Thursday, November 19, 2009

To say something or not?

I've always wondered if I should say something to strangers I see that exhibit signs of acromegaly. I have never actually said anything because I worry it might come across as rude, or it might be unnecessarily alarming, but this article is giving me second thoughts about holding my tongue:

I'm curious, have any of you ever been approached by a stranger about your acromegaly, or have you ever approached a stranger (or friend or loved one, even) that you've suspected to have acromegaly? If so, how does one go about bringing it up?

Friday, November 6, 2009

What Helps? (Part 2)

Remember the post a few months ago about little tips to help deal with acromegaly? I want to highlight a few tips that have come up since the original post.

1) One thing that seems to help ALL the symptoms is to AVOID STRESS. Everyone agrees that we should avoid stress, but how? Everyone has their own way to deal with it, and some are more constructive than others. Prayer, meditation, exercise, stretching, massage, proper sleep, therapy, change of environment, whatever works for you- just don't let stress build up! Stress has a real effect on your body, just like toxins from the environment do. I'm convinced there is a link between stress and acromegaly.

2) Become an advocate. Sometimes when I'm feeling down and a little sorry for myself, I find the best thing I can do to pull myself out the rut is to think of a way to help others (for example, I hope this blog helps others). You can share your experience, educate those around you, raise awareness, and provide support for others that are in need. I feel so much better if I can help just one person avoid unnecessary suffering. I firmly believe that discoveries about acromegaly are going to come from within our community, as a direct result of our own activities. Because our disease is so rare, we can't rely on the rest of the world to fix things for us. We have to work to make things better ourselves!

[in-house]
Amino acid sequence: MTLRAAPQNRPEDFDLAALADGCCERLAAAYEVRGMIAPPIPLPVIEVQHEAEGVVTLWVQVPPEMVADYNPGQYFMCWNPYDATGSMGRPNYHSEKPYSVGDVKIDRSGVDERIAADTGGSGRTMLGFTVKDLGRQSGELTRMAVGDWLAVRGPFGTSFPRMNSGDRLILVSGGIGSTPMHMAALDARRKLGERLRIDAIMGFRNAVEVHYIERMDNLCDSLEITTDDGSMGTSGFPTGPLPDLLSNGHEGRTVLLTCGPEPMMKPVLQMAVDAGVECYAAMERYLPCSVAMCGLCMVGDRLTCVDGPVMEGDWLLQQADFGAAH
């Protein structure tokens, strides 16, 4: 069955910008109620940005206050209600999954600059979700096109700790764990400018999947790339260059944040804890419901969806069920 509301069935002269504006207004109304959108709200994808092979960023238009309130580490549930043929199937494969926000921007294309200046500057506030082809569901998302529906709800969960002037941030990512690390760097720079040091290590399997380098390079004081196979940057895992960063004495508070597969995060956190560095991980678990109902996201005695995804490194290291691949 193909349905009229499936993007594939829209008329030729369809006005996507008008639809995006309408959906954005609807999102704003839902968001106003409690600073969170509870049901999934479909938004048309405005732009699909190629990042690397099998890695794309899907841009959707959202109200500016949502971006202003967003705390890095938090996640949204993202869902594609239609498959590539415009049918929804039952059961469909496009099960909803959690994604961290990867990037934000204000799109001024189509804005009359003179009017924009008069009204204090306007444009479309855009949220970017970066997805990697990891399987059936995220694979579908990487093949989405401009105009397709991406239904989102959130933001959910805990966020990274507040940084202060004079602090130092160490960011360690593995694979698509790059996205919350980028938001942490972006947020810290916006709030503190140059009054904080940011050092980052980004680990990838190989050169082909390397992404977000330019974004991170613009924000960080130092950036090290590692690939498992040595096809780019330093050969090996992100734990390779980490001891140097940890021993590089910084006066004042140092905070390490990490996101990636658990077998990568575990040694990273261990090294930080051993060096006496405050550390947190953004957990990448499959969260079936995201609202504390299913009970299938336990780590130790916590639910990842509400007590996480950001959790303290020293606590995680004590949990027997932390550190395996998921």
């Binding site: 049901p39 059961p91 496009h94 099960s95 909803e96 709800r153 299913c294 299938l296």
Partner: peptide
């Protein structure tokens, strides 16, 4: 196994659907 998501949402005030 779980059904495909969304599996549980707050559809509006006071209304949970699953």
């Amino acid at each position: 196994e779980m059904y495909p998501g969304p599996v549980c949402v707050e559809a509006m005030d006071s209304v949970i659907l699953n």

3) FIND FRIENDS. I don't know where I'd be right now without the support and insight of my fellow acromegaly bloggers. I still remember the first time I "met" someone with acromegaly (it was Jason, via email), and what a thrill it was to stop feeling alone, and to have my experience validated. I recently got to know someone locally with a chronic rare disease, and while his disease is not the same as acromegaly, we were able to share our experiences and give each other tips and encouragement (actually, talking to him is what inspired this post). Having someone who truly understands (not just imagines what it must be like) makes such a difference. If you haven't yet checked out some of the support groups (see the sidebar to the right), you should!

Monday, November 2, 2009

Clinical Trial Reject

I just got of the phone with my endocrinologist- my bloodwork from last week came in and my IGF-1 and Growth Hormone levels are too high for me to qualify for the clinical trial. I have to admit, I'm pretty disappointed. I was really excited about trying out the new treatment, because I really thought it would make my life so much better - I would almost be like a normal person, because I wouldn't have to think about my disease so often. Both the endo and I knew that the current treatment (30 mg Sandostatin /4 weeks) wasn't quite cutting it, but I was hopeful that the experimental thing would work better. Now I don't even have the opportunity to try it out.

The morning I went to go in for my blood draw, I was running late, I had just finished working over a really stressful weekend, and I went to the wrong room in the hospital and couldn't find the nurse I was supposed to meet. I wonder if all of that stress elevated my IGF-1 and Growth Hormone levels.